Attorneys Prepare for Trial in Case Stemming from Gaithersburg Student’s Death in 2015

Attorneys Prepare for Trial in Case Stemming from Gaithersburg Student’s Death in 2015

Mother alleges teacher denied teen’s request to get inhaler during asthma attack

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File photo of Taylor Walton

Walton family

Attorneys are preparing for a November trial stemming from a lawsuit in which a Gaithersburg mother alleges teachers denied her daughter access to her inhaler during an asthma attack during gym class in 2015, leading to the teen’s death.

Georgia Grant-Walton’s lawsuit against Montgomery County Public Schools says her daughter, Taylor Walton, requested permission to leave gym class twice to get her inhaler from her locker because she was having trouble breathing, according to court documents. The teacher, Karen Philbin, allegedly denied Taylor’s request each time, court documents say.

After the second request, 14-year-old Taylor left the class at Gaithersburg High School without permission to get her inhaler. Shortly after, she was found lying unconscious on the floor outside the gym.

Gaithersburg High School’s staff administered CPR and first aid before calling an ambulance, according to court documents. Taylor was pronounced dead upon arrival at a hospital about 4 miles away.

Grant-Walton is seeking more than $20 million in damages from her daughter’s death, which occurred on Nov. 30, 2015.

Attorneys for MCPS deny that staff was negligent or responsible for Taylor’s death and say Taylor was not denied access to her inhaler.

The lawsuit takes aim at the Montgomery County Board of Education, Gaithersburg High School and the gym teacher. It accuses the defendants with gross negligence, violating Taylor’s civil rights and negligence in hiring and supervising employees.

In her lawsuit, Grant-Walton says MCPS’ staff failed to provide “reasonable care” to protect her daughter from harm and teachers “falsely imprisoned” the child by denying her access to her inhaler. Additionally, she alleges the Board of Education failed to properly train staff about how to identify and treat asthma-related medical issues.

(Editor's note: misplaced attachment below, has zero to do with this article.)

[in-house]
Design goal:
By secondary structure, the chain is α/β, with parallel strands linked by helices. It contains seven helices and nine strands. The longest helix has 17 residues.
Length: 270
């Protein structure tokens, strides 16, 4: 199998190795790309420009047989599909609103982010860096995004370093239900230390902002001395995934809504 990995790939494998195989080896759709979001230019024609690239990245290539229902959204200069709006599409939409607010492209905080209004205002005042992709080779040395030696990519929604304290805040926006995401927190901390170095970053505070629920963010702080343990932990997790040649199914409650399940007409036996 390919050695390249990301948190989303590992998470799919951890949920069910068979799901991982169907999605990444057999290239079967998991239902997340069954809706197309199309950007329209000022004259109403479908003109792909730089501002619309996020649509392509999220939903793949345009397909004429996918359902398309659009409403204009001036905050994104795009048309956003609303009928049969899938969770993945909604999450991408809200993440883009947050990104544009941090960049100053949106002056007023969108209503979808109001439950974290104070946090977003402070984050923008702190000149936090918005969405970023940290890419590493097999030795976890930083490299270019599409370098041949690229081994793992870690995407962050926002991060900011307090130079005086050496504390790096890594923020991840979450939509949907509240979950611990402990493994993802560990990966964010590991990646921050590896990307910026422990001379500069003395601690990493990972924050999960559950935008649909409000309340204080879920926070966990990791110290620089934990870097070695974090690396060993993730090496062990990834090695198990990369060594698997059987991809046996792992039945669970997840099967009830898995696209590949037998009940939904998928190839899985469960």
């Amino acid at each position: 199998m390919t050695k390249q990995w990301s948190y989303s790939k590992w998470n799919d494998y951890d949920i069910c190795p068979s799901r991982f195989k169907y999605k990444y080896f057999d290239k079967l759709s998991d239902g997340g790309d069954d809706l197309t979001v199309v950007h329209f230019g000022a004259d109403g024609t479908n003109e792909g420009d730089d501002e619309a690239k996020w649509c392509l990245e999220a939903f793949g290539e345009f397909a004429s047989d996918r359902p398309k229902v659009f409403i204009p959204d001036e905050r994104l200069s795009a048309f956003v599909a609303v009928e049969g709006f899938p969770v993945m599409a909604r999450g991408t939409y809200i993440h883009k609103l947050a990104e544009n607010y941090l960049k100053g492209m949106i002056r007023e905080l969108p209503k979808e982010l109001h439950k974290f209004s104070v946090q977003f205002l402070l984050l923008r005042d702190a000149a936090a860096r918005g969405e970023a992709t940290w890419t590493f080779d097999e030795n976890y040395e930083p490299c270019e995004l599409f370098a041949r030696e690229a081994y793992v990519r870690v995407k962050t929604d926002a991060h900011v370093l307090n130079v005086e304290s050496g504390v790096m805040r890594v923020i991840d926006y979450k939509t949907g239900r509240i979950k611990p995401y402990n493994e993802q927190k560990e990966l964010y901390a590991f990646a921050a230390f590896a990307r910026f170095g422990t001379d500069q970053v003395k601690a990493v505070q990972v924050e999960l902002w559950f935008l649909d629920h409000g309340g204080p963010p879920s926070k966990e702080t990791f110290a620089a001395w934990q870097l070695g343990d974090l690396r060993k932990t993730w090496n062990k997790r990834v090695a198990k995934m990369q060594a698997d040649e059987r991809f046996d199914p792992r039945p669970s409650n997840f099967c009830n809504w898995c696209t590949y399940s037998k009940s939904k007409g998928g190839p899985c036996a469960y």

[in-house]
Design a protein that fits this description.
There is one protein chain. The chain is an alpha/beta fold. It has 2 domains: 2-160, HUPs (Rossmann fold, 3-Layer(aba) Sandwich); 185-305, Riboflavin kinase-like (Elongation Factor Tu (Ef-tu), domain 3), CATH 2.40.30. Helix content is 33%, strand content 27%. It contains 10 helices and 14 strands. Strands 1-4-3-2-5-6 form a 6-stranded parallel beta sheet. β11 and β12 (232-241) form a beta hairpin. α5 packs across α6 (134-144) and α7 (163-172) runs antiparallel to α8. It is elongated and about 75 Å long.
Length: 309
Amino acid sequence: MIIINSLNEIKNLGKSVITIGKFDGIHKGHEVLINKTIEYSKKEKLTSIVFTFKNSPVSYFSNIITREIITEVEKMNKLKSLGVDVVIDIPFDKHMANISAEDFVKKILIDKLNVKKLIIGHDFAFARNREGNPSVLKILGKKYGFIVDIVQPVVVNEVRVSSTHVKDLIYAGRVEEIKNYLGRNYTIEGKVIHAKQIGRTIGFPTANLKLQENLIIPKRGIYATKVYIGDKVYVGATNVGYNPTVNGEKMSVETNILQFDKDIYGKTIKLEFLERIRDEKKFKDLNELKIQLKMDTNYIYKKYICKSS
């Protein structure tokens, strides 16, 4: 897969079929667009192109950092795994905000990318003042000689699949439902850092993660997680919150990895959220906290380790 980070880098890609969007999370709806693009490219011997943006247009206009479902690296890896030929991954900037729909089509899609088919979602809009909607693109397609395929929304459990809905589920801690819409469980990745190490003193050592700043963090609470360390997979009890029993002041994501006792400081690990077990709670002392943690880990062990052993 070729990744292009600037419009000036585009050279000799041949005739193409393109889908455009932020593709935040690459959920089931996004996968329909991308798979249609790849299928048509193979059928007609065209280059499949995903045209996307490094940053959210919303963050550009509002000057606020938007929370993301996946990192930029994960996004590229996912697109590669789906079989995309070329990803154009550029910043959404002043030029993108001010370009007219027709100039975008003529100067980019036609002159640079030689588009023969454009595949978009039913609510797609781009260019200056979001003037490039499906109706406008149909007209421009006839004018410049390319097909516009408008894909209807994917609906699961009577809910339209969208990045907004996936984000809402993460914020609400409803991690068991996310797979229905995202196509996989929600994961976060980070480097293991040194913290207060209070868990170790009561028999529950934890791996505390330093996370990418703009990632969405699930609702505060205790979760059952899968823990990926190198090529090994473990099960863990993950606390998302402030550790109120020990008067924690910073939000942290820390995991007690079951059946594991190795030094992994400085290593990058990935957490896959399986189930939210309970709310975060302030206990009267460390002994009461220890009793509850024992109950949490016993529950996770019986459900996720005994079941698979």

The lawsuit states that Gaithersburg High School employees were notified of Taylor’s asthma when the teen enrolled in August 2015. Taylor used her inhaler to control an October 2015 asthma attack that happened in gym class in front of Philbin, but did not require emergency intervention, according to court records.

In court documents, lawyers for MCPS say surveillance video of the gym shows Taylor only asked to leave class once, to get a drink of water, and Philbin allowed her to do so.

In total, Grant-Walton seeks $20.4 million in damages for Taylor’s death. A nine-day jury trial is scheduled to begin Nov. 12.

In a pretrial statement, attorneys for Grant-Walton and MCPS said they intend to submit more than 50 exhibits during trial, including medical records, surveillance video of the gymnasium the day of Taylor’s death, a postmortem examination report for Taylor and her student records.

Fifty-eight people are listed as potential witnesses to testify at trial, including Grant-Walton, the MCPS staff, students present during the gym class during which Taylor’s asthma attack occurred, emergency responders who responded to the scene and other medical experts.

In the pretrial statement, lawyers for MCPS indicate they intend to file a motion for summary judgment, a request for the court to rule that Grant-Walton has no case and the lawsuit should be dismissed before trial or that the jury could only rule in favor of MCPS.

That motion had not been filed as of Tuesday afternoon.

Caitlynn Peetz can be reached at

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